There is now considerable evidence from around the world that racism is associated with both mental and physical ill-health. However, little is known about the mediating factors between racism and ill-health. This paper investigates relationships between racism and self-assessed mental and physical health among Indigenous Australians as well as potential mediators of these relationships.

Smith K, Flicker L, Shadforth G, Carroll E, Ralph N, Atkinson D, Lindeman M, Schaper F, Lautenschlager NT, LoGiudice D. 'Gotta be sit down and worked out together': views of Aboriginal caregivers and service providers on ways to improve dementia care for Aboriginal Australians. Rural Remote Health. 2011;11(2):1650. Epub 2011 Jun 14. PubMed PMID: 21688948.
Dementia is five-fold more prevalent among Aboriginal than non-Aboriginal Australians. Despite this, the quality of care available to people living with dementia in remote Aboriginal communities is poor. The objective of this study was to determine ways to overcome factors affecting the successful delivery of services to Aboriginal people with dementia living in remote communities, and to their families and communities.

Eades SJ, Taylor B, Bailey S, Williamson AB, Craig JC, Redman S; SEARCH Investigators. The health of urban Aboriginal people: insufficient data to close the gap. Med J Aust. 2010 Nov 1;193(9):521-4. Review. PubMed PMID: 21034386.
The Australian Government has committed to reducing Indigenous disadvantage, including closing the life-expectancy gap within a generation, and to halving the gap in mortality rates for children under 5 years of age within a decade. Sixty per cent of the health gap between Indigenous and non-Indigenous Australians is attributable to the health of Indigenous people living in non-remote areas of Australia.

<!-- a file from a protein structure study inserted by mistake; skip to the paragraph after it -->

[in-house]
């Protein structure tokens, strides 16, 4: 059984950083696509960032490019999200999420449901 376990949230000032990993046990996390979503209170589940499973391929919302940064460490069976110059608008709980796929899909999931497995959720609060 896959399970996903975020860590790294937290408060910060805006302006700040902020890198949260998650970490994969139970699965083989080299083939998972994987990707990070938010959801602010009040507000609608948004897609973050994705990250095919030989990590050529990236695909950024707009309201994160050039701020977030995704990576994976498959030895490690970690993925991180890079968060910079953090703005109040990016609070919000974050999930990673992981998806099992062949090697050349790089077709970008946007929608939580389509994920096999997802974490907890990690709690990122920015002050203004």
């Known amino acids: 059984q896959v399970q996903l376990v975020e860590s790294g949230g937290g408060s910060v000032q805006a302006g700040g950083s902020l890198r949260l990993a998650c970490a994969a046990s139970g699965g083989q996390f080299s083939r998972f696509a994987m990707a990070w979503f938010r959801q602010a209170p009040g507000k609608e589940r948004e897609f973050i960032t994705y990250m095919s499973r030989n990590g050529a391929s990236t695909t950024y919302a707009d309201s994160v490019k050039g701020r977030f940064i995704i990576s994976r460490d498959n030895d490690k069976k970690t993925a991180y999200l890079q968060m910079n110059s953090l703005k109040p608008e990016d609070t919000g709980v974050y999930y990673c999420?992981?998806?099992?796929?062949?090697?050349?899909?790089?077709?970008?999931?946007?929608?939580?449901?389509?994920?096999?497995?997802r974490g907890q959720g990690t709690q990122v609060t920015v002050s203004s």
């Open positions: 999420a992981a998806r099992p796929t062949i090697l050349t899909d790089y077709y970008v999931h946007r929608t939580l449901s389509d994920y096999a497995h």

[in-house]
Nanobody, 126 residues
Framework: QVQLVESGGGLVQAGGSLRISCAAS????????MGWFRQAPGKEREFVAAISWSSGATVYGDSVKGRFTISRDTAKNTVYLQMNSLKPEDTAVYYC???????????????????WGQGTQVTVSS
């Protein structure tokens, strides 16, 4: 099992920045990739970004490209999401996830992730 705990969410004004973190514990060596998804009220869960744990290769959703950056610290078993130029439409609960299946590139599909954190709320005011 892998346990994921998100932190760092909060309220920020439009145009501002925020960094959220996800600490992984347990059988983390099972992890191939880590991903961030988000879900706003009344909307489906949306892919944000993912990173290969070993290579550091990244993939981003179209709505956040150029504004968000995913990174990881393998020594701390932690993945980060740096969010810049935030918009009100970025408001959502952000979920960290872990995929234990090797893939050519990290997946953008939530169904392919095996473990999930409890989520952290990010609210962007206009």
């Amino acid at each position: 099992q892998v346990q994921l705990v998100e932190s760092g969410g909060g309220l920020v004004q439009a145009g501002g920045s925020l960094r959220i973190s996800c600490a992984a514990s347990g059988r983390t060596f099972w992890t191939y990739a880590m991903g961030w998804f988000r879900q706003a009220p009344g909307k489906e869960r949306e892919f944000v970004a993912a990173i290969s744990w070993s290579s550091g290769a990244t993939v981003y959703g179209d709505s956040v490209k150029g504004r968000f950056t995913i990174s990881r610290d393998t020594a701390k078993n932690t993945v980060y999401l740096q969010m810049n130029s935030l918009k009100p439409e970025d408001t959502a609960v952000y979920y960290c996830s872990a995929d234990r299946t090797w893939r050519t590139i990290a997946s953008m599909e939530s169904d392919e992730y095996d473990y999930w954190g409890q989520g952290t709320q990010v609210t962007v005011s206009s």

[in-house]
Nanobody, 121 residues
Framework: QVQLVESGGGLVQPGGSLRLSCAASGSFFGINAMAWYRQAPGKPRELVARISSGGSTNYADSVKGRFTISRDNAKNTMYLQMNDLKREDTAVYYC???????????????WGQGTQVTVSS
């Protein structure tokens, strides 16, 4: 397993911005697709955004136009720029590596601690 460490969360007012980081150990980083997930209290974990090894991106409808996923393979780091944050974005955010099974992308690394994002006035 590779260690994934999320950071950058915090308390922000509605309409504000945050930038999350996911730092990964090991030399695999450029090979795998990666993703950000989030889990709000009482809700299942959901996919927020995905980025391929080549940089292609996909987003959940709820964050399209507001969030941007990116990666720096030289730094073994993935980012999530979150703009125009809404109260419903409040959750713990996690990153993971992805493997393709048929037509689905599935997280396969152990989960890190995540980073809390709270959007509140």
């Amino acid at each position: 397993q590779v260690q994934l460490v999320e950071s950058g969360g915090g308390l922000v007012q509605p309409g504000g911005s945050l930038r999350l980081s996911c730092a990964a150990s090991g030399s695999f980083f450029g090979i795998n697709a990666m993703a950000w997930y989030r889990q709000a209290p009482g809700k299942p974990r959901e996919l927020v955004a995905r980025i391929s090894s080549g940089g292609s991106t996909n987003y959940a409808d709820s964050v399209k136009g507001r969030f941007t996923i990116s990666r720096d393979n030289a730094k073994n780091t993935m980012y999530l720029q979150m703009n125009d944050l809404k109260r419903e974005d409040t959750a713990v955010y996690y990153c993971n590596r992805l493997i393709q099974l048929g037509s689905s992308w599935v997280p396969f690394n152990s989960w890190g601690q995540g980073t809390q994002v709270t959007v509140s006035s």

Tait PW. How can Australia do better for Indigenous health? Med J Aust. 2011 May 16;194(10):501-2. PubMed PMID: 21644891.
Respect, tolerance and trust in Aboriginal and Torres Strait Islander people are needed from government to improve the health and wellbeing of Indigenous Australians.

Shahid S, Durey A, Bessarab D, Aoun SM, Thompson SC. Identifying barriers and improving communication between cancer service providers and Aboriginal patients and their families: the perspective of service providers. BMC Health Serv Res. 2013 Nov 4;13:460. doi: 10.1186/1472-6963-13-460. PubMed PMID: 24188503; PubMed Central PMCID: PMC3835135.
Aboriginal Australians experience poorer outcomes from cancer compared to the non-Aboriginal population. Some progress has been made in understanding Aboriginal Australians' perspectives about cancer and their experiences with cancer services. However, little is known of cancer service providers' (CSPs) thoughts and perceptions regarding Aboriginal patients and their experiences providing optimal cancer care to Aboriginal people. Communication between Aboriginal patients and non-Aboriginal health service providers has been identified as an impediment to good Aboriginal health outcomes. This paper reports on CSPs' views about the factors impairing communication and offers practical strategies for promoting effective communication with Aboriginal patients in Western Australia (WA).

Couzos S, Sheedy V, Delaney Thiele D. Improving Aboriginal and Torres Strait Islander people's access to medicines--the QUMAX program. Med J Aust. 2011 Jul 18;195(2):62-3. PubMed PMID: 21770871.
The QUMAX program, which commenced in November 2008, aimed to overcome a range of known barriers to Aboriginal and Torres Strait Islander peoples’ access to medicines, and was jointly developed and managed by the National Aboriginal Community Controlled Health Organisation and the Pharmacy Guild of Australia.

Hayman NE, White NE, Spurling, GK Improving Indigenous patients' access to mainstream health services: the Inala experience. Med J Aust. 2009 May 18;190(10):604-6. PubMed PMID: 19450218.
In 1994, only 12 Indigenous people attended the mainstream general practice in Inala, south-western Brisbane, Queensland. An Indigenous community focus group and telephone interviews revealed deficits such as: few items (eg, artwork) that Indigenous people could identify with; lack of Indigenous staff; staff perceived as unfriendly; inflexibility regarding time; and intolerance of Indigenous children's behaviour. Access to the Inala Indigenous Health Service by Indigenous people improved when these issues were addressed, and has grown significantly every year from 1995 to 2008. Other important factors in improving access include: energetic Indigenous leadership; enabling bulk billing to increase funding; moving to a stand-alone clinic; and engaging with teaching, research and community programs. A Centre of Excellence in Indigenous Primary Health Care is envisaged as the next innovation required to improve access and quality of service, and to close the gap between Indigenous and non-Indigenous health outcomes.